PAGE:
Second, it doesn’t address what for me is a fundamental issue.  A 4PL doesn’t execute the physical storage or movement of product.  Were it to do so it would be a Lead Logistics Provider (‘LLP’) wouldn’t it?  This makes it difficult, but not impossible, for third-party logistics operators to run 4PLs and, I suspect, was in the minds of those at Accenture that came up with the concept.  They are not in the business of coming up with great ideas for which they don’t get paid.

Council of Supply Chain Management Professionals

This august body chooses not to define 4PL but to distinguish the concept from that of third-party logistics (3PL):

Differs from third party logistics in the following ways; 1) 4PL organization is often a separate entity established as a joint venture or long-term contract between a primary client and one or more partners; 2) 4PL organization acts as a single interface between the client and multiple logistics service providers; 3) All aspects (ideally) of the client’s supply chain are managed by the 4PL organization; and, 4) It is possible for a major third-party logistics provider to form a 4PL organization within its existing structure.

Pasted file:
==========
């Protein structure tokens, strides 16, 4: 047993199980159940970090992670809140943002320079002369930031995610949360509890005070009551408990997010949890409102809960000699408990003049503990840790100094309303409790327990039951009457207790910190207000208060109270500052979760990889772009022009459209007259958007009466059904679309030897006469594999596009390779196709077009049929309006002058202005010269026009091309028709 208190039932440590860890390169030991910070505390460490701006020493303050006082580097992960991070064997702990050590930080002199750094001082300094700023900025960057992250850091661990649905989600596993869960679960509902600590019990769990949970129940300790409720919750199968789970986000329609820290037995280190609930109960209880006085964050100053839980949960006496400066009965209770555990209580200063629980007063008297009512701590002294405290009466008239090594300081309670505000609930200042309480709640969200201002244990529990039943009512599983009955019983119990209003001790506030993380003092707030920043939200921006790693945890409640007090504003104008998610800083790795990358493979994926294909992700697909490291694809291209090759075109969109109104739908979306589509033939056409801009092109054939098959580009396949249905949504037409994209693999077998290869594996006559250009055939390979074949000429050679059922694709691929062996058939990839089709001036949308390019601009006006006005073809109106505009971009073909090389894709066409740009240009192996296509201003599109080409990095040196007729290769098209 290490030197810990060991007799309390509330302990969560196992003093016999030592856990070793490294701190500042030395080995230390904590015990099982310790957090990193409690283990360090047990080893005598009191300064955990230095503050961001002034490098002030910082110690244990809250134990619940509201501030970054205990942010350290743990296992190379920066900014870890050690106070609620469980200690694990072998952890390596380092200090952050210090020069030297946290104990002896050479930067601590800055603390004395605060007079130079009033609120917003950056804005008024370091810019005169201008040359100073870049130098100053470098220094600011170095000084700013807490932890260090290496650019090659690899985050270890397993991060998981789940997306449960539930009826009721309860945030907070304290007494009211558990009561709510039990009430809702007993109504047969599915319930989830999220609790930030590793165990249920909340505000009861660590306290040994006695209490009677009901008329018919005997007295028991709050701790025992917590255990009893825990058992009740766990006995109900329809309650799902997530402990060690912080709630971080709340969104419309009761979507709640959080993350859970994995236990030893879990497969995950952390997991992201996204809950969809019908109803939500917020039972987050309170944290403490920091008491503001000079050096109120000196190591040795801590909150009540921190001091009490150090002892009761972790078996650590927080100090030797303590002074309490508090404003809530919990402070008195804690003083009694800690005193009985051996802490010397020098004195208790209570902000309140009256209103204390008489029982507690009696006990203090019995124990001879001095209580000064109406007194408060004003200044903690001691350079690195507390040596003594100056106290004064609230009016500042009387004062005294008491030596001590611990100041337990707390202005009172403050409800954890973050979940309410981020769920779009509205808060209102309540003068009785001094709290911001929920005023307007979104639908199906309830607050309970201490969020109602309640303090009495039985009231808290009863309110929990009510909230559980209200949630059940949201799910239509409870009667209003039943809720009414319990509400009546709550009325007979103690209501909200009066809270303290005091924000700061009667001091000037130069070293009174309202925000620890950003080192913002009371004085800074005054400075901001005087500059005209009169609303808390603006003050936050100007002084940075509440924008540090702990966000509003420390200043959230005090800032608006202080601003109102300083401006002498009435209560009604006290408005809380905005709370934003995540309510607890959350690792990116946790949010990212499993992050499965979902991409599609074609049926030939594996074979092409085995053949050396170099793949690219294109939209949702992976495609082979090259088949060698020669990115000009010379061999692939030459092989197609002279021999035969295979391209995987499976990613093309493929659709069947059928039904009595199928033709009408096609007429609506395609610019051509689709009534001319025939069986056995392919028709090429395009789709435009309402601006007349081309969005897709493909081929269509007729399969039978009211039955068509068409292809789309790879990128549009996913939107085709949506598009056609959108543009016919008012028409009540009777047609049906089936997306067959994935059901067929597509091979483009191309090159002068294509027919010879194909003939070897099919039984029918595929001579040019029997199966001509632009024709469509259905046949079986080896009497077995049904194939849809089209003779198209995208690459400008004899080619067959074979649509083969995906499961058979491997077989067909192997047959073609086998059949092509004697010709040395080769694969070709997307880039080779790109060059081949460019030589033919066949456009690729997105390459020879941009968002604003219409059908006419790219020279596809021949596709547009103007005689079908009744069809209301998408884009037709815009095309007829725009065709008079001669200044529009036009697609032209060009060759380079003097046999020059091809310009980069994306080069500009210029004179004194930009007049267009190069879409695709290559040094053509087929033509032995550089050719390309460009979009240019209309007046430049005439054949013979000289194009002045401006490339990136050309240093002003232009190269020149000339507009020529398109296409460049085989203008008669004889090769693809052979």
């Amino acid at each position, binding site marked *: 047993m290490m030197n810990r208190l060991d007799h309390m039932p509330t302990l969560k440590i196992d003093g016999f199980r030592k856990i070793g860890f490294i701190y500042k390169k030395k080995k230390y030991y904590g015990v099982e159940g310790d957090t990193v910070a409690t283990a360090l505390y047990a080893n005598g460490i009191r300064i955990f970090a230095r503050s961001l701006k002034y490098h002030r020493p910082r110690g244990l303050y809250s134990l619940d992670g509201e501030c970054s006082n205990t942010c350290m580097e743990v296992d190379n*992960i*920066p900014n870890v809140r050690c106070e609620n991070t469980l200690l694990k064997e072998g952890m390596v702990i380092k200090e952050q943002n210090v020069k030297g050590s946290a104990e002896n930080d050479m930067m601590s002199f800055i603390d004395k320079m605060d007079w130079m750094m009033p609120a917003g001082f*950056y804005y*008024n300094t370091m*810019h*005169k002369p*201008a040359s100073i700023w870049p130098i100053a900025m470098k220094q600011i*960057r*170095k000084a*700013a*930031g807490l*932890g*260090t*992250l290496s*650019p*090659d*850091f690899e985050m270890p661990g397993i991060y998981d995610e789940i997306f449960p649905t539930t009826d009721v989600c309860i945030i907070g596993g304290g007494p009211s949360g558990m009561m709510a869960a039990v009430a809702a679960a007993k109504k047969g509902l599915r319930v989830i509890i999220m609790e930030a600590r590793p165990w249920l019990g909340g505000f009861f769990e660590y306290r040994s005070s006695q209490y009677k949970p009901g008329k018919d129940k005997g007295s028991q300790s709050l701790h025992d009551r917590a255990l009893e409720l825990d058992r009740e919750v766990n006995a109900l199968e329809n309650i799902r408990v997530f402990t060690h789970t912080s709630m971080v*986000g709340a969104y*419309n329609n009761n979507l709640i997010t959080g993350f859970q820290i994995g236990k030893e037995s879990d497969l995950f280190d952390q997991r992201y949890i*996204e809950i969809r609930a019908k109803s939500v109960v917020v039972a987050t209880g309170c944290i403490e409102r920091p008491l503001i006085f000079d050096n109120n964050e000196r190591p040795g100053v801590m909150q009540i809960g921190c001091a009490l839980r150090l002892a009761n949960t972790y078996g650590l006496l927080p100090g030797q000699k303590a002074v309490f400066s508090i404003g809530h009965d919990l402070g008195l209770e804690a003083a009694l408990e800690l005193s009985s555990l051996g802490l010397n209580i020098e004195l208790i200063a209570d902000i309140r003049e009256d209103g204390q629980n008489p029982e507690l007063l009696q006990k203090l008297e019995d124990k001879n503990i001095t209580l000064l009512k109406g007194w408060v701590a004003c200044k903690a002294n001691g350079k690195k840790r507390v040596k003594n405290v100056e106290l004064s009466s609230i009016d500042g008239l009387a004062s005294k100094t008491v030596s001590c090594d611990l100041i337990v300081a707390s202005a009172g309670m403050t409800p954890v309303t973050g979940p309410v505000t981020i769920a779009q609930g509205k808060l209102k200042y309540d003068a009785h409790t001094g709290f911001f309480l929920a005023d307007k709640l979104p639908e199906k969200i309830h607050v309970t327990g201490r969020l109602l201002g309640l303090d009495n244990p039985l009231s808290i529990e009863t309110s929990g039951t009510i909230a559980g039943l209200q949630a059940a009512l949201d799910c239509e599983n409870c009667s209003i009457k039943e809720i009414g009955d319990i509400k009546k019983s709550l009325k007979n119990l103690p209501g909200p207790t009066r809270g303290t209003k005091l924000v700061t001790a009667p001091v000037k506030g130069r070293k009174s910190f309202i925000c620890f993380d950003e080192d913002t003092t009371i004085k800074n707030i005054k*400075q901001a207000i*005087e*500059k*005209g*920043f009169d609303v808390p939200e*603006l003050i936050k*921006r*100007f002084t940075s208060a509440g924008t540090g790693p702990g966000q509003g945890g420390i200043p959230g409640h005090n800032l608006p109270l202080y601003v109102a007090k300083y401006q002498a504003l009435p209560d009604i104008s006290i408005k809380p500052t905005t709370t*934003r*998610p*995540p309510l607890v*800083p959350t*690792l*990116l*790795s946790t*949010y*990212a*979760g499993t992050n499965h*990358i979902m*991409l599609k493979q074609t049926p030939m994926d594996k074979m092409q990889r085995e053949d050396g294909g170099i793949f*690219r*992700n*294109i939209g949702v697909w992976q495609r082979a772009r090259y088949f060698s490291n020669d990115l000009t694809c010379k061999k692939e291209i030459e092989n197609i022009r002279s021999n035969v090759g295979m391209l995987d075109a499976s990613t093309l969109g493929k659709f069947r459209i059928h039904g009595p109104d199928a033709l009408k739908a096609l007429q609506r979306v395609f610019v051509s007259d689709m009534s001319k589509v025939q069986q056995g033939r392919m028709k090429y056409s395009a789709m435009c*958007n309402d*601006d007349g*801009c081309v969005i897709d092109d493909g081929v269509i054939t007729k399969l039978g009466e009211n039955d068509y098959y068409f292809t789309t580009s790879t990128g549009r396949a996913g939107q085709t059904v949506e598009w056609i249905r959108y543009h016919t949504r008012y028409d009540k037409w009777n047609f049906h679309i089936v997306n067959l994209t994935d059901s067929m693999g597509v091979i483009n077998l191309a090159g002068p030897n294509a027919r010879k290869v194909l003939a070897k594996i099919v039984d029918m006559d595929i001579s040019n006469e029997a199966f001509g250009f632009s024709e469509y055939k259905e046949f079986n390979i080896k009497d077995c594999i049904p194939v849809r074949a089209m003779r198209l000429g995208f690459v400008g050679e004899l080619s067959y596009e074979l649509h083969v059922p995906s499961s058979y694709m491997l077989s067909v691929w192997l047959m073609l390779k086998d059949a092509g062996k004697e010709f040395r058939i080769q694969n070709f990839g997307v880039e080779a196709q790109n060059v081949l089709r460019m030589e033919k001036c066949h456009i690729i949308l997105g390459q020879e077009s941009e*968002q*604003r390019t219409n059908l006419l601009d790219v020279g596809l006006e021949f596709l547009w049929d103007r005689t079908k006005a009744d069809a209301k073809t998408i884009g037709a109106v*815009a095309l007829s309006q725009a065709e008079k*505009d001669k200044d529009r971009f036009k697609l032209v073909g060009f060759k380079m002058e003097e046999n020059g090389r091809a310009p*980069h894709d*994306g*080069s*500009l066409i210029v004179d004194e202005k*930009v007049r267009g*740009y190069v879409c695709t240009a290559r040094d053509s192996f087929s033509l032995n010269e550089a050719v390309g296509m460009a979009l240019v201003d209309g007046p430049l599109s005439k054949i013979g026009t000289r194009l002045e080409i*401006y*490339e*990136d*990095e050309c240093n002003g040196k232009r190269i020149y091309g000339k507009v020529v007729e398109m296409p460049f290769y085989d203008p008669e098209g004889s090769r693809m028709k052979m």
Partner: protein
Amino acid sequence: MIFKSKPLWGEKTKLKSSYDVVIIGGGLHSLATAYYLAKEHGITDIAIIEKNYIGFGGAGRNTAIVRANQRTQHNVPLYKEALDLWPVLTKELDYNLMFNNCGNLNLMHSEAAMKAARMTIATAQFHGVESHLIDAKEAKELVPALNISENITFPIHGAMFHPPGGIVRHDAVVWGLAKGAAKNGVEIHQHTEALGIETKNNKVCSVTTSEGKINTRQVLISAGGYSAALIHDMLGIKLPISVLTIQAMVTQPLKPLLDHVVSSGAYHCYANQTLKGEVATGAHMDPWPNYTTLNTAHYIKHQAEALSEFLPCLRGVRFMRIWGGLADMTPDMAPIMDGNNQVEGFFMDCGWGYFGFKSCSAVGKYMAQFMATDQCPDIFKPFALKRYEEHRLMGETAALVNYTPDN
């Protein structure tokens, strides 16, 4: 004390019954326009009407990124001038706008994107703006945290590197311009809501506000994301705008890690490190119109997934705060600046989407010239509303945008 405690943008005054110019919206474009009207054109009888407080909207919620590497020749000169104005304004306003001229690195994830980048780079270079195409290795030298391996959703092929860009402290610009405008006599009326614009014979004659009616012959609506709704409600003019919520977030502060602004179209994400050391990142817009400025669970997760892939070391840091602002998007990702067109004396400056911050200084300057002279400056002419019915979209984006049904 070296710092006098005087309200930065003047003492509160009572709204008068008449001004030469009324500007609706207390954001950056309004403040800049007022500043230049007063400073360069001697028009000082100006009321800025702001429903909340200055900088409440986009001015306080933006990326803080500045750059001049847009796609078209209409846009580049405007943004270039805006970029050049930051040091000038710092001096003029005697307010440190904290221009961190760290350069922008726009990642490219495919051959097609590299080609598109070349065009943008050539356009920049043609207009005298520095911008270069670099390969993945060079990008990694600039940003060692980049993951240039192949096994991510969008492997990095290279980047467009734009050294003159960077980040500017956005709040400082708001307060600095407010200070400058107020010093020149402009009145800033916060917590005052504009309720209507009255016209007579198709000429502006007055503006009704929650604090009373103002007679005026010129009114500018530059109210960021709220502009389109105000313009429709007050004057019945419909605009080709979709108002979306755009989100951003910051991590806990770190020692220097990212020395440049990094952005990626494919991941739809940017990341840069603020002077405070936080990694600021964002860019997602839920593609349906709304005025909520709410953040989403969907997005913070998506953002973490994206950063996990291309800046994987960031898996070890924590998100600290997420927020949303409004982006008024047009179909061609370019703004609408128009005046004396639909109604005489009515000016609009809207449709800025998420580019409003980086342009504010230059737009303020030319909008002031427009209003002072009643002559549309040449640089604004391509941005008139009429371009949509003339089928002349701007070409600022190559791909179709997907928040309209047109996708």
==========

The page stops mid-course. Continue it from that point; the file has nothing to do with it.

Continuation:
Hmmm.  Let’s go through those one by one:

  1. .…often a separate entity … joint venture or long-term contract  it might be a JV and I’m not sure an entity can be a contract
  2. … single interface between the client and multiple logistics service providers.  Tick that one.
  3. All aspects (ideally) … of the client’s supply chain are managed … No, that doesn’t follow.  There are plenty of inbound 4PLs, or finished goods examples.